Shelley Widhalm

Archive for June, 2011|Monthly archive page

The Town Cry-er

In Rejection, Shyness, Talking, Vacations on June 26, 2011 at 7:28 am

I took five days off for a friend’s visit but it didn’t turn out so well. It’s the classic case of uneven liking – I like him lots and he thinks I’m more boring than eating pasta shells sans sauce.

During these five (reduced to three because, yep, you got it) days, I realized that besides hating being shy, I hate that I’m sensitive.

Actually, a better way to put it is I have a penchant for crying. You would think I would be dehydrated and ultra skinny from all the energy I burn from letting the water roll. But I have to lift weights and diet and all that crap.

Plus cry.

Add to that the fact I got my hopes up and don’t know where to put them now. In my anticipation of this visit, I jumped out of my comfortable numbness, though I didn’t know that I was numb until, well, now. I’ve been going through the motions of living as I impatiently waited for the weekends when I could sit outside and read or work on my writing.

But hey, I now see that my problem is that I’ve let my shyness keep me in this introverted state where I hang out by myself. My problem is I really do like to talk. It’s just I don’t know how to open my mouth and get words out. Sure I can talk to people who approach my dog to pet her or if I have to interview them or want to make small talk.

But if there is a pause, or silence or discomfort on my part, I don’t know what to do.

Unfortunately, after not reading a book for three weeks because I went on a vacation, tried to finish my novel editing and had this five-day visit coming up, I realized that, unlike what I’ve been telling myself, real life is more fun then books. Now, I just need a how-to book to read to tell me how to live, hence returning me to my comfort of reading instead of living.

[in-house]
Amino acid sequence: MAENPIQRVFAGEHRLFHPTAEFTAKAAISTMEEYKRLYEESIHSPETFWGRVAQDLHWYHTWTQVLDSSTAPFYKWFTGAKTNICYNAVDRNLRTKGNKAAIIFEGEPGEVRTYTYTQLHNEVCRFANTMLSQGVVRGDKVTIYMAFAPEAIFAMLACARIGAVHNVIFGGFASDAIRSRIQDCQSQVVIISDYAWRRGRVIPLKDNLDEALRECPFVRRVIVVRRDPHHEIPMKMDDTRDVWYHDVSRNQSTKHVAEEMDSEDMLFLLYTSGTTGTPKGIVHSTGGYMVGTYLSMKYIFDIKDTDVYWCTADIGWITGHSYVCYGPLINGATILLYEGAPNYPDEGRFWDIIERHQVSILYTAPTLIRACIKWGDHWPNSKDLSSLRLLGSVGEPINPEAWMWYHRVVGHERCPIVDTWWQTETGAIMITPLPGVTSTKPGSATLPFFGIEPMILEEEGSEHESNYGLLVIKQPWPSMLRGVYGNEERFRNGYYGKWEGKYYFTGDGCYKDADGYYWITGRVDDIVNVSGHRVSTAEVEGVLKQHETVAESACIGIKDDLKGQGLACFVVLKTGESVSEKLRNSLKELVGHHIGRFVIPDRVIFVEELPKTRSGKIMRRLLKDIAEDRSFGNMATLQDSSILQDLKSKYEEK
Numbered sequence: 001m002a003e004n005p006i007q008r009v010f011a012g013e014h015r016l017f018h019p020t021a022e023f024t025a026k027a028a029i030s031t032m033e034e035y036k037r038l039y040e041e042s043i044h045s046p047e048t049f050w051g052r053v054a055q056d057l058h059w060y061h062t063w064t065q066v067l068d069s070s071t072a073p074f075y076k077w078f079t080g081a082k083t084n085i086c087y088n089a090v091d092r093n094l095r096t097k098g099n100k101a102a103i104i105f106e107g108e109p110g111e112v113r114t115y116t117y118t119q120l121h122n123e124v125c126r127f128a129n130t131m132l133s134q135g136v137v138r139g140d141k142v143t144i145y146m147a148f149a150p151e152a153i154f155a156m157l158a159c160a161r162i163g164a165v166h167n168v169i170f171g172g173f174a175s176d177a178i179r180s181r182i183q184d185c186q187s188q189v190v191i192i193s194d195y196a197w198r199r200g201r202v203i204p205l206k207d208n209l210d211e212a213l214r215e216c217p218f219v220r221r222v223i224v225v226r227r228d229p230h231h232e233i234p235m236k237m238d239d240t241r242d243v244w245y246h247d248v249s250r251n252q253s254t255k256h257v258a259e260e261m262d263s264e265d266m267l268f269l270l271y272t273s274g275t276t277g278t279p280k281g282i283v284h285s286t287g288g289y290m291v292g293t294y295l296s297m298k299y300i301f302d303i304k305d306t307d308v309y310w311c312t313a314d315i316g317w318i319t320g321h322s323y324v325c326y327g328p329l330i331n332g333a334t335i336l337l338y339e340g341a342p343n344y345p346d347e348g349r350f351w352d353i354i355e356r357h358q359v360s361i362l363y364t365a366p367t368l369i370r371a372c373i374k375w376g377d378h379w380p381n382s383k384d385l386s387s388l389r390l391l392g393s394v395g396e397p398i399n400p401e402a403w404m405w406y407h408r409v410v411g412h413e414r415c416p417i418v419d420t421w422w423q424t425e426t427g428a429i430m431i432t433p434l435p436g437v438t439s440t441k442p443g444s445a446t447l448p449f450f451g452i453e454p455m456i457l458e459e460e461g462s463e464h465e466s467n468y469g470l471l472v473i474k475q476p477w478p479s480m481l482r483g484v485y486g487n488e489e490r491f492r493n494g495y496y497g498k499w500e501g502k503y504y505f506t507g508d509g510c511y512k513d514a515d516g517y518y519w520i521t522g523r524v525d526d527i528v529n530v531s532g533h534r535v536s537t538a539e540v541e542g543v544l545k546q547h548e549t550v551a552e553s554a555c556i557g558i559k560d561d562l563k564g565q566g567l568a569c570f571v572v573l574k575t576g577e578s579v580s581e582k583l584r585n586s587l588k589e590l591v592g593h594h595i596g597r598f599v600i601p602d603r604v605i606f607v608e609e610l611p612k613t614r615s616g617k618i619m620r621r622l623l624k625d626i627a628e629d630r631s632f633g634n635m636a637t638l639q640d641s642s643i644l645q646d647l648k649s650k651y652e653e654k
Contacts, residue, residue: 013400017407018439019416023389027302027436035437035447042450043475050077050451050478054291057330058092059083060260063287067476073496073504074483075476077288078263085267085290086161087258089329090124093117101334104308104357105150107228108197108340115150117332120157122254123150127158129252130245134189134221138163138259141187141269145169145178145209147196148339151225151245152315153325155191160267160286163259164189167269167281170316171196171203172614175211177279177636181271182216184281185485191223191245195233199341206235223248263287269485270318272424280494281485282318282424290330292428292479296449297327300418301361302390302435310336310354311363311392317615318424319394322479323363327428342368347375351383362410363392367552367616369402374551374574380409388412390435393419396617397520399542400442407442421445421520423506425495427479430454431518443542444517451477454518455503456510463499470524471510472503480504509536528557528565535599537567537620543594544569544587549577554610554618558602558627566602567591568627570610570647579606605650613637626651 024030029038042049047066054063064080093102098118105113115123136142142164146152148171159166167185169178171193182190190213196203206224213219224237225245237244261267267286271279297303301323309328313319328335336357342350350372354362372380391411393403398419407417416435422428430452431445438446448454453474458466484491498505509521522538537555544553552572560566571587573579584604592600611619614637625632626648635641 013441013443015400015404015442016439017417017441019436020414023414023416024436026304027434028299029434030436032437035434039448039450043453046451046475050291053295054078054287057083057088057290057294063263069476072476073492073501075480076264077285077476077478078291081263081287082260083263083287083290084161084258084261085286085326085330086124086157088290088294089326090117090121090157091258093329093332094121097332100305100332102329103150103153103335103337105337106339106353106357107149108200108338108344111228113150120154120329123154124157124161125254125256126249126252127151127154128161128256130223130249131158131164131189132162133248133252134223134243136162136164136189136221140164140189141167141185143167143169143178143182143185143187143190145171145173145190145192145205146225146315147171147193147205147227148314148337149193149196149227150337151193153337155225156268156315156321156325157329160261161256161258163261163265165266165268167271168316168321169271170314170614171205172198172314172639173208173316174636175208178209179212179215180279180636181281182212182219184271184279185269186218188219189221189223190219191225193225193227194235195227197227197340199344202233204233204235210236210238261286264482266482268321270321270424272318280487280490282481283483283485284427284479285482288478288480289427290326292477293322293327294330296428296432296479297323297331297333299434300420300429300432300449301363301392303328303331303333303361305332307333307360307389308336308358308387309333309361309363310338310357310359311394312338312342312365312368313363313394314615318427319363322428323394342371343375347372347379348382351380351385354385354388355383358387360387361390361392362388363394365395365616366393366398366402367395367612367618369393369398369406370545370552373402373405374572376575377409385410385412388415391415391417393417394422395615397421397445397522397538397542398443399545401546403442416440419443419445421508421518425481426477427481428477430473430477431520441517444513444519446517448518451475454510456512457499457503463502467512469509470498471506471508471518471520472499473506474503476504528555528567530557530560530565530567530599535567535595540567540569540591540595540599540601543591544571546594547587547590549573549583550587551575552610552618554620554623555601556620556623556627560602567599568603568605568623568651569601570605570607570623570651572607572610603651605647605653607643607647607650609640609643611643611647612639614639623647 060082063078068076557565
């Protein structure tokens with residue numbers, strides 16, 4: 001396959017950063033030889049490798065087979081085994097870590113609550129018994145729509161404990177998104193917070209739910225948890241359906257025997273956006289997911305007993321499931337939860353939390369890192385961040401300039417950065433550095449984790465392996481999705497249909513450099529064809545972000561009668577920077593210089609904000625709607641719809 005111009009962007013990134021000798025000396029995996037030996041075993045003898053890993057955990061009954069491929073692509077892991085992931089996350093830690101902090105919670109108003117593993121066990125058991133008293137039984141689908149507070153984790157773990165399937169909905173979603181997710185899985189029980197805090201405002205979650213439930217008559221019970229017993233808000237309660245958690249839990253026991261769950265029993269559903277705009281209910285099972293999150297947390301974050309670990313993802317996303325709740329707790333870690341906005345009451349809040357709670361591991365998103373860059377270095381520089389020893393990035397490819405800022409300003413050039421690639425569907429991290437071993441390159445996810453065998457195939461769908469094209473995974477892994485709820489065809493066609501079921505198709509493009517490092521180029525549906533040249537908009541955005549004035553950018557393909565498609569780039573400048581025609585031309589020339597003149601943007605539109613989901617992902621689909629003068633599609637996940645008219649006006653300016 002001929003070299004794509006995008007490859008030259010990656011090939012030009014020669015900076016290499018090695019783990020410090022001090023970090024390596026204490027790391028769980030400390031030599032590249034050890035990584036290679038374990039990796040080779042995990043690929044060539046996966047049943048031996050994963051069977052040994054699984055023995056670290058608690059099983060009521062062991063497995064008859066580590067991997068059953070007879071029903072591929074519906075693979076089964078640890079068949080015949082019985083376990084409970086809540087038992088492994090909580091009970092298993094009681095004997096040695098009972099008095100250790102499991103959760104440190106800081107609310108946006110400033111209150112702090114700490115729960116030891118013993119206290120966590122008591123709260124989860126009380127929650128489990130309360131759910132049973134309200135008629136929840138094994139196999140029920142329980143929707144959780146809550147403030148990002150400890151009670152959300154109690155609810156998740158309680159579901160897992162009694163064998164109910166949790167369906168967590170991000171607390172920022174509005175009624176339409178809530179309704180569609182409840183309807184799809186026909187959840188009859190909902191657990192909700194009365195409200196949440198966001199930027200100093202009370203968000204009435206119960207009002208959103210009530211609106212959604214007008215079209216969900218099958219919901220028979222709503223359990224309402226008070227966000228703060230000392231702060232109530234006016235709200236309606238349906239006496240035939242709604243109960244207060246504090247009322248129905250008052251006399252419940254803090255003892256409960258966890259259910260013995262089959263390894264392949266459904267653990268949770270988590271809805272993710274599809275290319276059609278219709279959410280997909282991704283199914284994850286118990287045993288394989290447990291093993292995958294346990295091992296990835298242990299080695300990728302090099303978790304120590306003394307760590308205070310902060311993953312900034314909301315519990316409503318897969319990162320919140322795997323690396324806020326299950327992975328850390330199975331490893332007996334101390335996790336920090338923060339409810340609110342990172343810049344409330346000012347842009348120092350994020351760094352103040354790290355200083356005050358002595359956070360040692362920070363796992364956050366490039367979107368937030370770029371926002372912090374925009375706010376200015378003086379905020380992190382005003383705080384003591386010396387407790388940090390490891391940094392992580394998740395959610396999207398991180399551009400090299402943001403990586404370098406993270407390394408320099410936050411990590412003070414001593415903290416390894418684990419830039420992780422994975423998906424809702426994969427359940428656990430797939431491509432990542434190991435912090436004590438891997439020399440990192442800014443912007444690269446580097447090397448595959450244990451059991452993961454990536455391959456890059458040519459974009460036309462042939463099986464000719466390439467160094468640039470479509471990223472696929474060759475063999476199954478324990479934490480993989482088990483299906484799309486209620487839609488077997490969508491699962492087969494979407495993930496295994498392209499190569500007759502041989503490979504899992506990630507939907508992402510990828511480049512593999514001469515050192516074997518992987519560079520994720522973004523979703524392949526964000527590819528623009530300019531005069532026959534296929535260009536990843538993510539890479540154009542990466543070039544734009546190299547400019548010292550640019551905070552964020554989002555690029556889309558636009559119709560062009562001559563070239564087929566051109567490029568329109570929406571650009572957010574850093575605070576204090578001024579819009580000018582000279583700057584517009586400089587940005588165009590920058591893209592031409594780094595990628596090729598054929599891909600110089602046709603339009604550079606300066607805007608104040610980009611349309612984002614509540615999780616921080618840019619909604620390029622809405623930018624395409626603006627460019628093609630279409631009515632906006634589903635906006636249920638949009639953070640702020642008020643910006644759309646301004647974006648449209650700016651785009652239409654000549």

For my dog Zoey’s perspective, check out

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Defining Shyness

In Challenge delay, Shyness on June 19, 2011 at 7:31 am

It’s probably about time for a shyness challenge. Originally, I set out to do one a week but overcoming shyness and taking the steps to do so takes work, discipline and motivation.

Shyness for me is feeling apprehension, discomfort and awkwardness in certain social situations, including:

* Attending a party and not knowing anyone besides the hostess.

* Entering a room full of strangers where I need to talk to someone, particularly when I have to conduct an interview for work.

* Participating in a group activity with more than two others, such as eating out or going to a club.

As I read on the Internet, shy people avoid the situations that cause them apprehension. They perpetuate their shyness by not confronting it.

I am doing the same thing with my challenge by not thinking of new ways to confront my shyness. I don’t like the rapid heartbeat and fast pulse, along with the unease, I experience when I try something new.

In situations where I feel shy, I don’t know what to say or how to act and fear that I might be boring. However, I have learned how to make eye contact and no longer cross my arms over my chest and am quick to smile. Through my reporting experience, I have learned how to ask conversational questions and to draw people out to keep the conversation going.

I’ve come a long way in overcoming my shyness.

However, I’m not sure if I’ll ever be completely free of it, especially if I avoid doing what I set out to do. To get back on track, my challenge for next week is to do whatever I encounter in the next week that makes me shake inside.

Working, or Vacation?

In Artists, Novel editing, Vacations on June 12, 2011 at 7:00 am

This past week was supposed to be my vacation, but I spent more than 20 hours editing my novel.

Unfortunately, it’s Friday, and my vacation ends on Sunday. I’m ready to restart my vacation and not do any work, but unlike in politics, there are no re-dos.